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Mother Tongue: The Story of the English Language

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Summary: This amusing and informative book surveys the history of the English language and all its vagaries and perplexities of word origins, spellings, and pronunciations and why it has become so successful as a world language. Then again, he seems to think that Pennsylvania Dutch is a form of pidgin English, so perhaps that’s unsurprising! We’ve seen how, even in its earliest stages, English was highly flexible in accepting new words from Norse and Norman French. The process also works the other way around—English words themselves have been readily adopted by other languages, often with only slight modifications to fit the native tongue. The Japanese, in particular, are adept at adapting English words into their notoriously difficult and inaccessible language. These are known as wasei-eigo, or “Japanese-made-English.” Thus, smart became sumato, rush hour became rushawa, idol became aidoru, and so on. Quirks of English

Mother Tongue by Bill Bryson, Used - AbeBooks The Mother Tongue by Bill Bryson, Used - AbeBooks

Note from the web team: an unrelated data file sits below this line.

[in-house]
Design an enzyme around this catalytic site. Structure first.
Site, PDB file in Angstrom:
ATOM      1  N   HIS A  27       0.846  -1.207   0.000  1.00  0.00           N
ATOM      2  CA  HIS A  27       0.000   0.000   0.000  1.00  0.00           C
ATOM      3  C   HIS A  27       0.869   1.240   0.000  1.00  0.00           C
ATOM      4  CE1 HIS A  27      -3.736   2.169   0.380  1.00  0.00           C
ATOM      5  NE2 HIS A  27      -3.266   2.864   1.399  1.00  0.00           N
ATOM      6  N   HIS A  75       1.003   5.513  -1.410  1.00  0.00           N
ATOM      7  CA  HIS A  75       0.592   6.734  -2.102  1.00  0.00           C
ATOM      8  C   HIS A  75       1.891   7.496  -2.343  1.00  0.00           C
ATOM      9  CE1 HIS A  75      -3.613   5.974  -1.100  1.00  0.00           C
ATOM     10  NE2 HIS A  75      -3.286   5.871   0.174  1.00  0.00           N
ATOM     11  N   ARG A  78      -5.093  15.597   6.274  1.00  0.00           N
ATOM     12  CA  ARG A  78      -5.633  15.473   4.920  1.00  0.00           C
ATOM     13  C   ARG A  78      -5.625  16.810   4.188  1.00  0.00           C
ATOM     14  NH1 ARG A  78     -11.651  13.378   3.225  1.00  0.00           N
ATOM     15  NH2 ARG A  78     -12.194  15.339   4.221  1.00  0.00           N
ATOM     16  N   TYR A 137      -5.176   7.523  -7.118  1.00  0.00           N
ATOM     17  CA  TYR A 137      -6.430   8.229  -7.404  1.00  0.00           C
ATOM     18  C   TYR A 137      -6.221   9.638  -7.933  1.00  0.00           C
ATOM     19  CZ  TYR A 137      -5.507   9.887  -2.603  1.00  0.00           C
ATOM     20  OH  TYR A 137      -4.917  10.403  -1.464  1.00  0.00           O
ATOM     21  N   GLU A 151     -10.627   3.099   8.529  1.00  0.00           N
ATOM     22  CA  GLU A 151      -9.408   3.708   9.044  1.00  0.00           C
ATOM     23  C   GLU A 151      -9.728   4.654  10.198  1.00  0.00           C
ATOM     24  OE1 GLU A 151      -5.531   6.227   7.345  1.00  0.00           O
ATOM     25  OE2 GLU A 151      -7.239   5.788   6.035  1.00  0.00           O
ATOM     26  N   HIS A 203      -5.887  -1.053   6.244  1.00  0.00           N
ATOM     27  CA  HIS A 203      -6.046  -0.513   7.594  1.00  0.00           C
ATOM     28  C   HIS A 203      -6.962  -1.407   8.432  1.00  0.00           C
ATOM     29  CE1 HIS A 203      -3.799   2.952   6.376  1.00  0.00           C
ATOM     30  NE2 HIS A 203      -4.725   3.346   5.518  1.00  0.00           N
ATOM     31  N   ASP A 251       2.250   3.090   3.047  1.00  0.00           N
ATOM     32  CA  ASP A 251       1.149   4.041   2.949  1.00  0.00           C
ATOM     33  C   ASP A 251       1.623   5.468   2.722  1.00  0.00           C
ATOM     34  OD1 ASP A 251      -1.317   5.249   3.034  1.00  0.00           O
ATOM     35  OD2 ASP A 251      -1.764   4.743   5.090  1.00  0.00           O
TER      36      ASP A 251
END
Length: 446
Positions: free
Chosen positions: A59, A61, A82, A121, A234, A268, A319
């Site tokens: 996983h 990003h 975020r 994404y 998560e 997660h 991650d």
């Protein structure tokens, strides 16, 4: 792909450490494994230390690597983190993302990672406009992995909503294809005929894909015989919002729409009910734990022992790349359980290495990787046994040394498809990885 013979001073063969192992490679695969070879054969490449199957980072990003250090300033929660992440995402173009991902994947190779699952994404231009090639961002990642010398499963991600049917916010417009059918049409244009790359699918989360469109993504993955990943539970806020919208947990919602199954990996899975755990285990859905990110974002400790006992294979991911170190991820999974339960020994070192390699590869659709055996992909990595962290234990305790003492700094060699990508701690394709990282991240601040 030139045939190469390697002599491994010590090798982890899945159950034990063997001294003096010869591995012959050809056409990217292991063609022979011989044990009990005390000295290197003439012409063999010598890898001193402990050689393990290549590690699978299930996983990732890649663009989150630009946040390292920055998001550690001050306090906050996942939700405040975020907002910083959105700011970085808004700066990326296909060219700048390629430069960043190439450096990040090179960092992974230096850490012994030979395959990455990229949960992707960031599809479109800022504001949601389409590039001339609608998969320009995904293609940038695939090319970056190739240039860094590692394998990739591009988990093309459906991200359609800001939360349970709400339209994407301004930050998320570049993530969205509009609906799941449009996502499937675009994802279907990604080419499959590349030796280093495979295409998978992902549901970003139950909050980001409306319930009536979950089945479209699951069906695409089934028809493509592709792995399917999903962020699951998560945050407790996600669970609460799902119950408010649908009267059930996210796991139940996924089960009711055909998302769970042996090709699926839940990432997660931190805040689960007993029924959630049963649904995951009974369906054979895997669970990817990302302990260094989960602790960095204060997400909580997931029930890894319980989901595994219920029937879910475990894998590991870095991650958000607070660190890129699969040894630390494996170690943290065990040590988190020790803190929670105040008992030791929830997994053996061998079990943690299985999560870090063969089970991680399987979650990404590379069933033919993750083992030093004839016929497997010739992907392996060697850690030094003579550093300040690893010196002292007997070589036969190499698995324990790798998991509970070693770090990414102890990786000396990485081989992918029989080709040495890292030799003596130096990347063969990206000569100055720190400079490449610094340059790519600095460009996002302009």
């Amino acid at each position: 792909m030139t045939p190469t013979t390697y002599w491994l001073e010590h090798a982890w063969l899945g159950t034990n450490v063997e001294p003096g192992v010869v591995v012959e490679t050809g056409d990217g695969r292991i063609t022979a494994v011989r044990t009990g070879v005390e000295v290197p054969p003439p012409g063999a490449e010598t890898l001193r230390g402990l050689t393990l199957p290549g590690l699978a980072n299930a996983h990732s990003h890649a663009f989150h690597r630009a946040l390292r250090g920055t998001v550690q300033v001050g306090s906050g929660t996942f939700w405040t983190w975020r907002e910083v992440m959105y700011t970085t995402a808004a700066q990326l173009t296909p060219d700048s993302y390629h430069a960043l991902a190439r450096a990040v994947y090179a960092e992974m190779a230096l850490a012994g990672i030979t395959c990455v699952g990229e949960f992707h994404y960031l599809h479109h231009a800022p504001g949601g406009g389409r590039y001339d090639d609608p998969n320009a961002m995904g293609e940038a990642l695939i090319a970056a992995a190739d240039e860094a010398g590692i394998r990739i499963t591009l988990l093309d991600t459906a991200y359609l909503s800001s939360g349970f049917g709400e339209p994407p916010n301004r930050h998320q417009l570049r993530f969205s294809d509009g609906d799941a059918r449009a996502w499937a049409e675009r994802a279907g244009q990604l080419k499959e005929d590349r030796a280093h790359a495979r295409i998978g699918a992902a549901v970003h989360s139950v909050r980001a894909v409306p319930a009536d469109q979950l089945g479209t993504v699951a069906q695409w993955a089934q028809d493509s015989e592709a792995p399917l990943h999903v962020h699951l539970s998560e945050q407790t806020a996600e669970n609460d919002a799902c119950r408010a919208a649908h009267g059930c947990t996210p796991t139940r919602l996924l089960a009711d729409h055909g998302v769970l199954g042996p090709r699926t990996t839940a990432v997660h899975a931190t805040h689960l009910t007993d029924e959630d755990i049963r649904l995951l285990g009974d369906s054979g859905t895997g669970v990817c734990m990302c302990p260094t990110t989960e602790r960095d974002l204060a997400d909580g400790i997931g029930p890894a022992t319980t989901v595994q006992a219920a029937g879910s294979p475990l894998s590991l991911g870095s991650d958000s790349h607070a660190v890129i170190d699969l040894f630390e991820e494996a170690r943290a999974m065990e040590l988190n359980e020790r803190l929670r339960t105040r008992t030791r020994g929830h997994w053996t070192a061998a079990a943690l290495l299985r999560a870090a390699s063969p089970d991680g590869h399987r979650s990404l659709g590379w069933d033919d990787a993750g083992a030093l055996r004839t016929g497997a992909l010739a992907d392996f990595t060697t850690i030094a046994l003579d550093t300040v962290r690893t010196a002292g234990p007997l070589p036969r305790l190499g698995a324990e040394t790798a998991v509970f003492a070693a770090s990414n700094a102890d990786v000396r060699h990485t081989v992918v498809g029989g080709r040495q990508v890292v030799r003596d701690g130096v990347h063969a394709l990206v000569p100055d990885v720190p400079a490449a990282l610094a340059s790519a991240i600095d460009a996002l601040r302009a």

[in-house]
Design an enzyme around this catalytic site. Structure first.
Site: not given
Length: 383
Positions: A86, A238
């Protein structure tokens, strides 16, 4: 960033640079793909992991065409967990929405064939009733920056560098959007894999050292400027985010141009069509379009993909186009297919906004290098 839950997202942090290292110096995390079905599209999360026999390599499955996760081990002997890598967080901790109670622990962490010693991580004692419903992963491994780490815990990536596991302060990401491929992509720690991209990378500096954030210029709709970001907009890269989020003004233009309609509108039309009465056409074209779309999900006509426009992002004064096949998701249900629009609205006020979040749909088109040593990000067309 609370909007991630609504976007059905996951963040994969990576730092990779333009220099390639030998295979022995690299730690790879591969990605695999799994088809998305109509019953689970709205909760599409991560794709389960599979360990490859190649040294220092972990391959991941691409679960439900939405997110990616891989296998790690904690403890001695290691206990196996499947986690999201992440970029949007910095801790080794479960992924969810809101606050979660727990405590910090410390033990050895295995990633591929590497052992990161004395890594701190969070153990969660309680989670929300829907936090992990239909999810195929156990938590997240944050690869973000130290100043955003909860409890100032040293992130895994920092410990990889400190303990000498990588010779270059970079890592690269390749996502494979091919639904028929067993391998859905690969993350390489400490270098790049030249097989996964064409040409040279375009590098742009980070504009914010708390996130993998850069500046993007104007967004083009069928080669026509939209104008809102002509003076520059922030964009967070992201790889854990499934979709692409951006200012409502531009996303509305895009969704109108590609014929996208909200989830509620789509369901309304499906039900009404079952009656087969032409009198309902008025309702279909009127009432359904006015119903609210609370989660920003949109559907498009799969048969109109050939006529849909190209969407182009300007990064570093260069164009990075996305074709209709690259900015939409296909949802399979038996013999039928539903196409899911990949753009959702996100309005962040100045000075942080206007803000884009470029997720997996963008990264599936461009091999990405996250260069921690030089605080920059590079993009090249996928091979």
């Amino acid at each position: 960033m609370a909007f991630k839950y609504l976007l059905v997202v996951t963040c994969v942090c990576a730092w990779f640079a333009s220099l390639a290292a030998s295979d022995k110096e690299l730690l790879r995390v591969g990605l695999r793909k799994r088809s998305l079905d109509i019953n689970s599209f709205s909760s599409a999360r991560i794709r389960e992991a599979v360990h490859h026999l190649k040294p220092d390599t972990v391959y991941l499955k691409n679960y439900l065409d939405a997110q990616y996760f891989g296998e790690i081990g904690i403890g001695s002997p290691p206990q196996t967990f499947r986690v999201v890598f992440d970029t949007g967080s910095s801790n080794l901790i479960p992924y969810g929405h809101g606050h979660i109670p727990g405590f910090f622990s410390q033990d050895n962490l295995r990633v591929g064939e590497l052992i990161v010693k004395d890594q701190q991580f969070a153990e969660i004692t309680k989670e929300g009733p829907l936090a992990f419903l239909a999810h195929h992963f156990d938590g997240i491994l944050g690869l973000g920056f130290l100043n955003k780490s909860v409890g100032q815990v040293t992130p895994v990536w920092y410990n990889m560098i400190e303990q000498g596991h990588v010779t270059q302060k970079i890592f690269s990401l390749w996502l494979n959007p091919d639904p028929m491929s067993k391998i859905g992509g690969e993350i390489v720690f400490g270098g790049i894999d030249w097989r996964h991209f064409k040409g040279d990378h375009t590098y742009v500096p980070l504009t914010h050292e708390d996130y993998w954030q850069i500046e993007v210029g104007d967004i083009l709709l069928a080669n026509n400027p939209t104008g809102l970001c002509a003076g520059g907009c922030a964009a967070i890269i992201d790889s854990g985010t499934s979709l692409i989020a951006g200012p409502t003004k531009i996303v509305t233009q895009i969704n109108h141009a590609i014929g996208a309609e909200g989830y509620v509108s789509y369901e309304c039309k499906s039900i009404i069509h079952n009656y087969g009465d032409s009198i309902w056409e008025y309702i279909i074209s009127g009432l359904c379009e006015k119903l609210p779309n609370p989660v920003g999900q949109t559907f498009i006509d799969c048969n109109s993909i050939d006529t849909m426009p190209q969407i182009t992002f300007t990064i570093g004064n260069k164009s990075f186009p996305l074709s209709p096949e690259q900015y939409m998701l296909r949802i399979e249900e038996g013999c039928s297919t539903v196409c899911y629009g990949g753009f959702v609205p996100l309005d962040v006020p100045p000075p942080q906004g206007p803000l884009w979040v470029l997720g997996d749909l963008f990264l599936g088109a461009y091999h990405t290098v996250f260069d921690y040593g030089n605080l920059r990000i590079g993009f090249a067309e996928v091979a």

Ever feel a book rambles on, giving anecdotes that aren't useful? Often get frustrated by an author who doesn't get to the point? Mother Tongue is a series of essays on the origins of human language, with plenty of interesting scientific insights, then to the messy origins of English amid the various waves of invasions of the original Celtic peoples of Britain by Angles, Saxons, Jutes, Normans, Scandinavians (Vikings), and so forth, to its growing status as a global language. I enjoyed this part of the book the most, learning a lot about the origins of the language that was especially useful now that I live in England myself. I also didn't know that Latin evolved into French, Spanish, and Italian among other languages, to my embarrassment. Given the many travels we've had through Europe in the past two years, a lot of the early origins of the Celtic peoples in Europe and the migrations of various peoples across the continent and to the British isles during the Stone, Bronze, and Iron Ages is really fascinating stuff. The story of English began when Germanic peoples known as the Angles and Saxons, hailing from what is now Northern Germany, began migrating to and conquering the Roman province of Britannia in the mid-5th century CE. These Angles and Saxons brought their Germanic language to their new home, where it morphed over time into the language we now call Old English. Some of our most fundamental words today come from Old English, particularly words related to family— man, wife, child, brother, and sister, to name a few. Old English was a rich literary language as well, leaving behind a trove of letters, charters, religious works, and legal texts. Old English works like Beowulf and Caedmon’s Hymn are the starting points of English literature.We’ve explored the origins of English, its evolution over time, and its emergence as a dominant language of global business and politics. But English is also a language of literature and oratory, capable of eloquently expressing the most powerful human emotions and desires. It possesses a number of unique properties, quirks, and complexities that set it apart from other tongues. What, then, are some of the language’s unique traits that make it so rich and evocative? It was first published in 1990 and it has not aged well. Some statistics are well out of date, Bryson using a figure of 56 million for the population of Britain, with 60 million more accurate at the time I write, for example. The political position has moved on, too. Sorry Mr Bryson, but as a historical linguist of English myself, I cannot take this book seriously. There are simply too many mistakes that have no place in a well-researched book. The subject matter is not that hard, so I can only guess "The Mother Tongue" was written in such a hurry that you only consulted one or two sources, where it should have been five or six. The history of English is not something you learn from reading one textbook; there is a lot of ongoing research and debate. And most of your sources are a decade or two out of date, even for 1991. Get your facts straight and publish a revised edition is the best advice I can give you.